Minimum Wage: Useful Knowledge Is All We Have To Sell

W.A. Beatty

The minimum wage is once again in the news.  It seems that fast food industry workers in fifty U.S. cities went on strike for higher wages.  One particular paragraph in a NBC News article caught my attention:

The strike comes as a growing number of minimum wage fast food workers are not teenagers, but adults trying to support families, particularly since the Great Recession. Only 16 percent of fast food industry jobs now go to teens, down from 25 percent a decade ago. More than 42 percent of restaurant and fast-food employees over the age of 25 have at least some college education, including 753,000 with a bachelor’s degree or higher, according to the U.S. Bureau of Labor Statistics.

That paragraph seems to support Labor Secretary Thomas Perez’s contention that the minimum wage needs to be raised.  From a political perspective, Perez, political hack that he is, is correct.  But only from a political perspective.  There are (at least) two economic reality problems that, upon further reflection, become apparent, both of which NBC and Perez ignore: the (so-called) Great Recession and its consequences, and the fact that the fast food industry now hires an increasing number of people who have (at least) some college education.

usa_small2 Minimum Wage: Useful Knowledge Is All We Have To Sell

And how does NBC know that a growing number of minimum-wage fast food workers are adults trying to support families?  NBC never got around to revealing where it got that fact.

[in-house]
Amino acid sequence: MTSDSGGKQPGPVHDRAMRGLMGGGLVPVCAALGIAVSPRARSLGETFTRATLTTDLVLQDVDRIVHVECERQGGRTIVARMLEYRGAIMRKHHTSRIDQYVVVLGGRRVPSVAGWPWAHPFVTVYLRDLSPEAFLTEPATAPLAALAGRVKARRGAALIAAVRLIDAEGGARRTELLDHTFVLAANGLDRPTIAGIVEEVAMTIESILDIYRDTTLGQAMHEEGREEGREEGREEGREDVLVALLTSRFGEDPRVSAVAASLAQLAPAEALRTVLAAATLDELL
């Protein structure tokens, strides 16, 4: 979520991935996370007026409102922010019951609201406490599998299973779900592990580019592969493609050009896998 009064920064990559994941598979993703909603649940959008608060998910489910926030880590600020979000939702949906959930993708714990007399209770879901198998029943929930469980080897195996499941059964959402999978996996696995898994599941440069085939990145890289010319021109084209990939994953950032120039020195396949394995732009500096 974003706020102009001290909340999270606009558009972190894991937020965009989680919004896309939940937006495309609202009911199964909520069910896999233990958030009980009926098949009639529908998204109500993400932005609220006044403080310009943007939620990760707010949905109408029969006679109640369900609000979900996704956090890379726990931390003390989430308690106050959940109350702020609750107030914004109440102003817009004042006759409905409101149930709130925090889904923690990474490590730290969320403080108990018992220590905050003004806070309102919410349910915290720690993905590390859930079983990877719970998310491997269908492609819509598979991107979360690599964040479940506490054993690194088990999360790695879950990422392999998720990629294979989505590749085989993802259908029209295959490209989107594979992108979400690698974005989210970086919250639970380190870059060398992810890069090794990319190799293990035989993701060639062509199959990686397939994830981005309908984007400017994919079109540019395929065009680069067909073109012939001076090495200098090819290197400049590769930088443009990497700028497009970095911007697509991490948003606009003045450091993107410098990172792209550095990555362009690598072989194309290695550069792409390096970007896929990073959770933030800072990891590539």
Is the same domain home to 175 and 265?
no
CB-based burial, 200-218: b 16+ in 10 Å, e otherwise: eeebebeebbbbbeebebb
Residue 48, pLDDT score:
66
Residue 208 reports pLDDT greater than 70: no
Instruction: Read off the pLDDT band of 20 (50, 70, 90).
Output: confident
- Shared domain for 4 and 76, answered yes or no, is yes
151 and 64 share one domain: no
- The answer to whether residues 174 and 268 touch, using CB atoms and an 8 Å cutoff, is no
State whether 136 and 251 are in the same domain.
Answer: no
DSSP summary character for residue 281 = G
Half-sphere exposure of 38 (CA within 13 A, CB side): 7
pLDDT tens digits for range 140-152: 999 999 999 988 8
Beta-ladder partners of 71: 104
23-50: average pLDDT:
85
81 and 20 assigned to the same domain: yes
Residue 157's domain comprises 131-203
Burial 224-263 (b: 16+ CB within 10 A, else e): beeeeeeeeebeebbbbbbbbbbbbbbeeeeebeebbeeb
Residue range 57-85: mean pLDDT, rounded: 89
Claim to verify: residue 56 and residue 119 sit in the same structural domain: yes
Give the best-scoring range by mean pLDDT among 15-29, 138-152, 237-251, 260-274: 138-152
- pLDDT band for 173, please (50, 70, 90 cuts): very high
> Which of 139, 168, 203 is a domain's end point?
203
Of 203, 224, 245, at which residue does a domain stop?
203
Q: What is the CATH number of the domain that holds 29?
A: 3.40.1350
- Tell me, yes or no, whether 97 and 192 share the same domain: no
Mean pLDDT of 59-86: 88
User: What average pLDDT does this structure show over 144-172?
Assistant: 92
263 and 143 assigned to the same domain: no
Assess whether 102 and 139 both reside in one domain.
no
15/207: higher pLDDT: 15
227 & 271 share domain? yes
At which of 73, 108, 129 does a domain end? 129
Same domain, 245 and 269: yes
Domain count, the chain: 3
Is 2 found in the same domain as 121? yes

So, let’s see if there is a relationship among the economy, useful knowledge, and the minimum wage.

True, the Great Recession began while George W. Bush was president, but (and there’s always a “but” when Obama is involved) after five-plus years, the U.S. is still in an economic recession.  Obama, in 2009, said “that if he didn’t have it [the economy] fixed in ‘three years’ then his presidency would ‘be a one-term proposition’.”  Well, even though he got re-elected, his economic prowess has not ended the Great Recession.  Being generous and ignoring the economy he says he inherited, let’s examine Gross Domestic Product (GDP) growth from 2010 to the present.  The growth rate under Obama has been a whopping 2.31 percent.  For reference, economists say the “ideal” GDP growth rate to end a recession is about 3 percent, and that the growth rate should be sustained.  By the way, this is Obama’s economy — he said so.

The fast food industry, as a result of the Obama economy, is hiring more people with “at least some college education.”  While the NBC article is long on quotes, it never identifies who is being hired.  So to see just whom the industry is hiring, examining the unemployment rate by college major might prove useful.  A higher unemployment rate usually means that people will work for less in wages, or in the fast food industry.  And as the following table illustrates, there is a relationship.


Unemployment Rate













Source: “Hard Times: Not All College Degrees Are Created Equal”

It seems that majors requiring less academic rigor and that provide less useful skills have higher unemployment rates, and people with less useful majors are thus more likely to go to the fast food industry.  So useful knowledge comes into play here.